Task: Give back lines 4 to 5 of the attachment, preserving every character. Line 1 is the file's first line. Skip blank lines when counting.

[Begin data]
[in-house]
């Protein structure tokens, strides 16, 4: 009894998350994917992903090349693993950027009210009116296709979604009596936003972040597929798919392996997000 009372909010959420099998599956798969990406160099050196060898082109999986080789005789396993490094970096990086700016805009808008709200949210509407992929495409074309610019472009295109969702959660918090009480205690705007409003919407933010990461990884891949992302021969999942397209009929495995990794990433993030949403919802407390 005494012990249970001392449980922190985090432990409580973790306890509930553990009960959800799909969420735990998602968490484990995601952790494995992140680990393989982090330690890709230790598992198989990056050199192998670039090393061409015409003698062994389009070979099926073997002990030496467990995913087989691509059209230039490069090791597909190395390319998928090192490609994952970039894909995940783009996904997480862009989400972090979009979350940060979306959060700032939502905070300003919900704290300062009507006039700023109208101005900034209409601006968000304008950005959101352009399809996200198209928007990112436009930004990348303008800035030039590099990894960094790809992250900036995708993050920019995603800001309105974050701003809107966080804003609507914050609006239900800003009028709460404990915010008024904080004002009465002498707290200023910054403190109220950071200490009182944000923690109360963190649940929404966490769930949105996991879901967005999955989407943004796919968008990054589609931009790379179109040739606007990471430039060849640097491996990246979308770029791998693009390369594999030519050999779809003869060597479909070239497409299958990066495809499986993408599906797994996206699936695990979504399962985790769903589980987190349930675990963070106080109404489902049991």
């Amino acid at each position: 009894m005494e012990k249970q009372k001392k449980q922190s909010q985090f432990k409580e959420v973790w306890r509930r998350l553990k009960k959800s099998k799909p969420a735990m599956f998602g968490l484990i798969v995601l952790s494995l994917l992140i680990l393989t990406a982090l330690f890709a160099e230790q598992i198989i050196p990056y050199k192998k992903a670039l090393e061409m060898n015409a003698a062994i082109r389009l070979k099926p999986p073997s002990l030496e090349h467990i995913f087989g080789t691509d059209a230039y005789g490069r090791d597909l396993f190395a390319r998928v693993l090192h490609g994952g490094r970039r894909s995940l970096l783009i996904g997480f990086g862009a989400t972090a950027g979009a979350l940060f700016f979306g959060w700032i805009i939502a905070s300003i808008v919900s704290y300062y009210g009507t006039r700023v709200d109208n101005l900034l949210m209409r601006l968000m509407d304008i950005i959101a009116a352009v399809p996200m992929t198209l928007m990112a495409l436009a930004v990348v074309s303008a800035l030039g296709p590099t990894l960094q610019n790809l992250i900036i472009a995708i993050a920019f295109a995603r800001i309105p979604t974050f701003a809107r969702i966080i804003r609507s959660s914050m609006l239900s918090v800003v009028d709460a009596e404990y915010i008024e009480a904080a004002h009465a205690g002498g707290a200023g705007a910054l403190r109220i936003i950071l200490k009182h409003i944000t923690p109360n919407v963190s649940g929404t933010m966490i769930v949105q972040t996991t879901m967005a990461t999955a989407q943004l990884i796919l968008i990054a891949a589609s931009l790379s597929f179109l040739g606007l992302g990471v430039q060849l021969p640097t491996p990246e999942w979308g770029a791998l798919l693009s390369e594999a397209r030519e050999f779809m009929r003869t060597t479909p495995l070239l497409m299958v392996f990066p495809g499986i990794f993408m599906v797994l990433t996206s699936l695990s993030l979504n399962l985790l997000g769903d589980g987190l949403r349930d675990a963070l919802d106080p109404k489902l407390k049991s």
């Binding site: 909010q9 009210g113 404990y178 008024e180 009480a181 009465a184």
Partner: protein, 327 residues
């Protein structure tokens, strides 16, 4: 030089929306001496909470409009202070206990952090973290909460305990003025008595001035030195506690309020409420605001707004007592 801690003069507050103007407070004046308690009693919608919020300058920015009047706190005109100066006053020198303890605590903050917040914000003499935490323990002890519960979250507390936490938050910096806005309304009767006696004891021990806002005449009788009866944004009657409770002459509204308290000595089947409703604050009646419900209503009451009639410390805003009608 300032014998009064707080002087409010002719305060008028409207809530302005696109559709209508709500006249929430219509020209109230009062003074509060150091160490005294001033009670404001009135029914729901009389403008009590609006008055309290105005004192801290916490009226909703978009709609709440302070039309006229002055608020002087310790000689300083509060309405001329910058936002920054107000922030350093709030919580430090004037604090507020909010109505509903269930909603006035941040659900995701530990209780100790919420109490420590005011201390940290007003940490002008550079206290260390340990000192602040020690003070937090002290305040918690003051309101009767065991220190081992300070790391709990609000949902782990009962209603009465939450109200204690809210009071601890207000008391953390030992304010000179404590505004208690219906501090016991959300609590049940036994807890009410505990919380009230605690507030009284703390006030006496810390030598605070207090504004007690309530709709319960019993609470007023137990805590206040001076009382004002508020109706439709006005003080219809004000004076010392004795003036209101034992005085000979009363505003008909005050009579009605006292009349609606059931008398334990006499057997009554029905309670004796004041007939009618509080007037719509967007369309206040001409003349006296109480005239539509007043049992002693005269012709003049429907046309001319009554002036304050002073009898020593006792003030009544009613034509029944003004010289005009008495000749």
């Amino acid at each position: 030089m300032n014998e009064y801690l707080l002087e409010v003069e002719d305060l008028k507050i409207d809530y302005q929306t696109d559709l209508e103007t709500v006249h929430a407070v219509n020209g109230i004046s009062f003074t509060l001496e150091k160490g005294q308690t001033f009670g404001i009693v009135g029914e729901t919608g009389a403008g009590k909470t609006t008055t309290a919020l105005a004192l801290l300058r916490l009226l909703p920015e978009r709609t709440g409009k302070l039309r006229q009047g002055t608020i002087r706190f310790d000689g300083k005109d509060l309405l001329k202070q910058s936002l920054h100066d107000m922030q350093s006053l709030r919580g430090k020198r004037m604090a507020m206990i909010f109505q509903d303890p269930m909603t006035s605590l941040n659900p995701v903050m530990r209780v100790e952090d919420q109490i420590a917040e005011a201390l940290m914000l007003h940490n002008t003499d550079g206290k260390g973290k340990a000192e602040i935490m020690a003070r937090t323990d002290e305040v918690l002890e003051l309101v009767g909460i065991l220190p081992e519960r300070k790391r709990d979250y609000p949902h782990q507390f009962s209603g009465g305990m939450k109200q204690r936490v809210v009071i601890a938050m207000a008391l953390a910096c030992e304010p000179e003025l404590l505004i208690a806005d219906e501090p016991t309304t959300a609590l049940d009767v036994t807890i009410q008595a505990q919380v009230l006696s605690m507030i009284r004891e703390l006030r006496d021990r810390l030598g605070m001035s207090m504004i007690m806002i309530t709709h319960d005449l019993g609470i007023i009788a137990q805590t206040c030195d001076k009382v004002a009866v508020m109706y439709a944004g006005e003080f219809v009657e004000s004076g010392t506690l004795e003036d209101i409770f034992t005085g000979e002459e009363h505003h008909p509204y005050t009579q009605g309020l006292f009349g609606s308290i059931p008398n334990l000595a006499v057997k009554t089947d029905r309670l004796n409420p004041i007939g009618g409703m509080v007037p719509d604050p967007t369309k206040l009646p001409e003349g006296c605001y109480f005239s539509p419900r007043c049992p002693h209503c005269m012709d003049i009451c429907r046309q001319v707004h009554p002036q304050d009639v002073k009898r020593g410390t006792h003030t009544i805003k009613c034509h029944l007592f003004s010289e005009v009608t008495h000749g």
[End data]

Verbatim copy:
């Binding site: 909010q9 009210g113 404990y178 008024e180 009480a181 009465a184």
Partner: protein, 327 residues